The snarky swagger of this line might say 21st century to you, so you may be surprised at how old this cliché really is. It dates back to some old-school Hollywood alpha males, like Burt Reynolds in Smoky and the Bandit and Kurt Russell in Big Trouble in Little China. When those guys told you they were born ready, you better have believed them. So if you’re an aspiring writer thinking of using this line, ask yourself, “Is my character as cocky as 1970s Burt Reynolds, driving that muscle car, saying this into a CB radio, and wearing that moustache?” Spoiler alert: they aren’t. Even if they were, this line has been beaten into the ground by too many pale imitators. If someone asks your character if they’re ready, keep it simple and have them respond with a simple “yes”.
4. “Get Out Of There!”
Here’s another version of a character warning others of an impending explosion, and it’s so simple it’s easy to wonder why no one’s tried to top it. This line has been yelled by some iconic characters right before a memorable explosion, but it would be extremely tough to beat the one in Lethal Weapon, an action classic that belongs on any list. That’s hardly the only movie this 4-syllable staple has made it into: versions of it can be found in Lord of the Rings, Apocalypse Now, and Armageddon. Another spin on this line happens often when a character is phoning another character to warn them they’re in danger. A textbook version of that appears in The Matrix, when a phone call from Lawrence Fishburne’s Morpheus makes Keanu Reeves’ cubicle job a lot less boring. This one’s so quick and simple it’s not as cheesy as these others, but it’s still a cliché.
3. “We’ve Got Company!”
Han Solo is breaking Princess Leia out of the Death Star in Star Wars. John Connor is being chased by the police in Terminator 2. Indiana Jones is being pursued in the Temple of Doom. All different characters in vastly different situations, but they all deliver the same line! No one can deliver a cliché line like Harrison Ford, but of course he did it before this line was played out. It’s not hard to understand why a screenwriter would want to copy Star Wars and Indiana Jones– after all, if you’re going to steal, steal from the best. What is hard to understand is why more screenwriters haven’t tried to top a simple 3-word expression that basically says, “The bad guys are here.” But in the decades since it first appeared, our non-scientific research says this has become on of the most cliché movie lines of all time.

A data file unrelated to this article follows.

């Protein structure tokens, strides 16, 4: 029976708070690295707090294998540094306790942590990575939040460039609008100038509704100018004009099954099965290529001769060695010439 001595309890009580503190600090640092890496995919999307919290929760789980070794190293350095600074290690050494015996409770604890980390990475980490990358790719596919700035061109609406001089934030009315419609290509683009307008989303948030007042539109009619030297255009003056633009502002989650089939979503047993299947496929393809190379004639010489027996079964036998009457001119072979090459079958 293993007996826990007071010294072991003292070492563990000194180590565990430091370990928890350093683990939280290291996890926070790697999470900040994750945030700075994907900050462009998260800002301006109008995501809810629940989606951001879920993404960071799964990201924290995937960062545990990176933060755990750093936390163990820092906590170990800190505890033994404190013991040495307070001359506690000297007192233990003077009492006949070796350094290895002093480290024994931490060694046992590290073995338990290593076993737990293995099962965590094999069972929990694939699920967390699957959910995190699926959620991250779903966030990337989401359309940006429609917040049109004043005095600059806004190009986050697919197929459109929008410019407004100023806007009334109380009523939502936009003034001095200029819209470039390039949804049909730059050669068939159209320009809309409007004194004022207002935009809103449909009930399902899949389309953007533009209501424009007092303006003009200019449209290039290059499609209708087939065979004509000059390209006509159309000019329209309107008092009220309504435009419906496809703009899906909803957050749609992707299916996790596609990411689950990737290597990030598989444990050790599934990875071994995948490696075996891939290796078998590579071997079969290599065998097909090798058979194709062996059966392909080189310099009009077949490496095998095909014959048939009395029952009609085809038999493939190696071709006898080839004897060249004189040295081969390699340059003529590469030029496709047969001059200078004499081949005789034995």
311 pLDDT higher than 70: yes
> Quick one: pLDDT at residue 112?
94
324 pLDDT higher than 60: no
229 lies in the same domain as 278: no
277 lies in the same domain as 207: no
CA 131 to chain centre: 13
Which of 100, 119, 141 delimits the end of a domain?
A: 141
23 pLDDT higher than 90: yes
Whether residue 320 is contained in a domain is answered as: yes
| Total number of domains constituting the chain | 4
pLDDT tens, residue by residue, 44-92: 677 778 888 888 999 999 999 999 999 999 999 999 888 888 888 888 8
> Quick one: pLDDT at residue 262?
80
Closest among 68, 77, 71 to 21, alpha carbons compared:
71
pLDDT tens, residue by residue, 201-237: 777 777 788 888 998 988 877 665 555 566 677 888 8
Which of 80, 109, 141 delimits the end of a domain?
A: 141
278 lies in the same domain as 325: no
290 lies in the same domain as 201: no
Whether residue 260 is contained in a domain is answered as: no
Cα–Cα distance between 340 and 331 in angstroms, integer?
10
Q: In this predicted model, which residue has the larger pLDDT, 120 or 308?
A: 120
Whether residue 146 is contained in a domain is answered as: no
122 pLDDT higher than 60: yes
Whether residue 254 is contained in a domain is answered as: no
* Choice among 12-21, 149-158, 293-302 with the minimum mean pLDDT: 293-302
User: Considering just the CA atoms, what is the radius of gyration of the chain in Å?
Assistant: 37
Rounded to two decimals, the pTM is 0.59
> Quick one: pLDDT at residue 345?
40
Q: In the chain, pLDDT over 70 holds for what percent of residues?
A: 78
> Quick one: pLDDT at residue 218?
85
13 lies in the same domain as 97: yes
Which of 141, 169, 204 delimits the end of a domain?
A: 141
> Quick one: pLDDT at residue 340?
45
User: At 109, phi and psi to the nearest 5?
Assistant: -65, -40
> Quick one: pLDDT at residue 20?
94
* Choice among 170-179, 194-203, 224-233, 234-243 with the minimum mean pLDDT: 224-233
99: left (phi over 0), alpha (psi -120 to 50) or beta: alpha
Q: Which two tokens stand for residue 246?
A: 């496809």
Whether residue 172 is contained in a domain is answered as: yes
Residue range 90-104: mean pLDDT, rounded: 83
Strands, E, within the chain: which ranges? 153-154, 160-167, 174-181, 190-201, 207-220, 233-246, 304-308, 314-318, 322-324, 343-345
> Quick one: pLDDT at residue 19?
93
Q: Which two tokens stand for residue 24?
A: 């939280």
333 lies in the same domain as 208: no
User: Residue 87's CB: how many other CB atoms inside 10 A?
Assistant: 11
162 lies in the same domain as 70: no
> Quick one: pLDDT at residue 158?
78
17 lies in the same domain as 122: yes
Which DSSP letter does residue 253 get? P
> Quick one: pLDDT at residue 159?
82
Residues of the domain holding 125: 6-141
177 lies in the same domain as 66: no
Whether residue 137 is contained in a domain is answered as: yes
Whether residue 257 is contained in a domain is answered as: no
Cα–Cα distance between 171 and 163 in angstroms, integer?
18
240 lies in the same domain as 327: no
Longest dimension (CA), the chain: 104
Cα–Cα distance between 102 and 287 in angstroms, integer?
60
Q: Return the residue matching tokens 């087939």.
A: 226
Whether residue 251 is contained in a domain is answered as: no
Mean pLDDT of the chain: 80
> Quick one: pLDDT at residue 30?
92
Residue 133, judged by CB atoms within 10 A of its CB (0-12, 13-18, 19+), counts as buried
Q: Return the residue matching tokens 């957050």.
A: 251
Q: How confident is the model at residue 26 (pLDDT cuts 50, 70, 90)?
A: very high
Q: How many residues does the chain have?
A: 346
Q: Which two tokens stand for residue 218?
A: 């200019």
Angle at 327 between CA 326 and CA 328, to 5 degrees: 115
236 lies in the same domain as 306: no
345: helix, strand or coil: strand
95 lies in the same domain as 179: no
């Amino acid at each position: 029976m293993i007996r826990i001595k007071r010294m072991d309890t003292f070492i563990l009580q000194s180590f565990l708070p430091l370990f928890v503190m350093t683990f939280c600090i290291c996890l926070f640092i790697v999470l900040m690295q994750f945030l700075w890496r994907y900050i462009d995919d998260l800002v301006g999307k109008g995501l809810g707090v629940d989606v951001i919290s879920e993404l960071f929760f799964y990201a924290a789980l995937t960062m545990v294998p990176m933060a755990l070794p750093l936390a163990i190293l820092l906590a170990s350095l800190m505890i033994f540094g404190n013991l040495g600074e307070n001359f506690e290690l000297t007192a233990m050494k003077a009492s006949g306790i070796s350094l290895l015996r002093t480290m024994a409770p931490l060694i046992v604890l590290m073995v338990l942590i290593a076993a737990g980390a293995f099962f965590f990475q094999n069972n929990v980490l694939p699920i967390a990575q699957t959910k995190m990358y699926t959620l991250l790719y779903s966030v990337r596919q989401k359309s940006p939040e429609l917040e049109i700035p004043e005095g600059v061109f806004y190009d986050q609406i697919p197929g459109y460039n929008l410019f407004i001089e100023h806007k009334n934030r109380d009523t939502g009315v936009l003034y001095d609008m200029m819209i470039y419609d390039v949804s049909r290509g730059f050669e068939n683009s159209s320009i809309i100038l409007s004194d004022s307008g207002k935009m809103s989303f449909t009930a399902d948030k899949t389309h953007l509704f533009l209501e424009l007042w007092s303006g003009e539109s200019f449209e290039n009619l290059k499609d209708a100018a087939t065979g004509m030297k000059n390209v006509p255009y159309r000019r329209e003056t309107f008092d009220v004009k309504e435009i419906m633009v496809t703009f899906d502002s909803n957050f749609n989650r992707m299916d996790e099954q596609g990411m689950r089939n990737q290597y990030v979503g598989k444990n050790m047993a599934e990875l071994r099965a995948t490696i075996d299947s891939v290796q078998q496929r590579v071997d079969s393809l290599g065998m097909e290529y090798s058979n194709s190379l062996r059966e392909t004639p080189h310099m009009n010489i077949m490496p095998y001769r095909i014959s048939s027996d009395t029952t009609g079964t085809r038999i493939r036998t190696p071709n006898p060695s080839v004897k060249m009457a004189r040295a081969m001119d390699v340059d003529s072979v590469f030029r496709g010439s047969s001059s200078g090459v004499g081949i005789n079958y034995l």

2. “You Just Don’t Get It, Do You?”
This is a classic, usually delivered by a moustache-twirling villain who’s taunting the good guy. It’s the point in the movie when it seems like all is lost, and the villain must explain why they’re so much smarter than the hero…. though not so smart that they won’t be defeated in the next 15 minutes.
One flaw with this exchange is that “it” is usually something we spotted a while ago before getting up for more popcorn, and have already guessed how it will play out. Think about it: is a screenwriter who’s lazy enough to drop this dud into a script going to surprise us by crafting a huge twist?
This line can also be used by a supporting character explaining to the hero how naïve they really are; sometimes in a police interrogation room. Both versions are immortalized in movies like Speed, The Devil Wears Prada, The Terminator, and Mission Impossible II.
1. “S/He’s Standing Right Behind Me, Isn’t S/He?”
We’ve all seen this one: a character is berating someone else in the film to a friend or colleague, only to realize– usually from the look on their audience’s faces— that the subject of their contempt is standing directly behind them. Cue awkwardness.
It’s amazing that this became so overused, because it’s more than a line of dialogue: it requires all the scenes that use it to be shot, performed, and edited the exact same way. That means that every time you see this gag, an entire production crew worked to make it happen. But the cliché lives on nonetheless, in movies like Miss Congeniality, GoldenEye, Scooby Doo, and countless TV shows.
If you’re an actor considering a part and this comes up in the script, you might want to pass, or you’ll end up in a supercut of all the times this was (over)used.